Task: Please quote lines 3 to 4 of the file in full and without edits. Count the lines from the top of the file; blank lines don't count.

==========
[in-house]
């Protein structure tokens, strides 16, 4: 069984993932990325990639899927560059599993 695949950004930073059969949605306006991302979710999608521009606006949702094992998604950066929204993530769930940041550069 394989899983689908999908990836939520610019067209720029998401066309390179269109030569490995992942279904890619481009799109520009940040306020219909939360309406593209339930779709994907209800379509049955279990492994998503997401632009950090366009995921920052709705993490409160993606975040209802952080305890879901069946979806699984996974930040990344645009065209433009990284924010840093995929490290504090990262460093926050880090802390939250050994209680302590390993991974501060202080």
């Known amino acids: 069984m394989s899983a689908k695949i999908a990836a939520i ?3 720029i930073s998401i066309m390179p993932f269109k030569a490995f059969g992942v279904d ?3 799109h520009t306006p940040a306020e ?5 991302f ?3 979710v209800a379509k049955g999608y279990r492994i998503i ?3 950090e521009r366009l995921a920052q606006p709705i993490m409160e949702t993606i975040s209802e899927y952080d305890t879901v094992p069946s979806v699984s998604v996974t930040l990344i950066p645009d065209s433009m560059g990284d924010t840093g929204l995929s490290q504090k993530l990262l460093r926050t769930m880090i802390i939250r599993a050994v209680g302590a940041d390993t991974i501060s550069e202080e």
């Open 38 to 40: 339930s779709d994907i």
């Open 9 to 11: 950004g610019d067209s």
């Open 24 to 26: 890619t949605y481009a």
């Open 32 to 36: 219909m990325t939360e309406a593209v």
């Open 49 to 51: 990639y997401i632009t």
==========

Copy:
């Known amino acids: 069984m394989s899983a689908k695949i999908a990836a939520i ?3 720029i930073s998401i066309m390179p993932f269109k030569a490995f059969g992942v279904d ?3 799109h520009t306006p940040a306020e ?5 991302f ?3 979710v209800a379509k049955g999608y279990r492994i998503i ?3 950090e521009r366009l995921a920052q606006p709705i993490m409160e949702t993606i975040s209802e899927y952080d305890t879901v094992p069946s979806v699984s998604v996974t930040l990344i950066p645009d065209s433009m560059g990284d924010t840093g929204l995929s490290q504090k993530l990262l460093r926050t769930m880090i802390i939250r599993a050994v209680g302590a940041d390993t991974i501060s550069e202080e």
């Open 38 to 40: 339930s779709d994907i």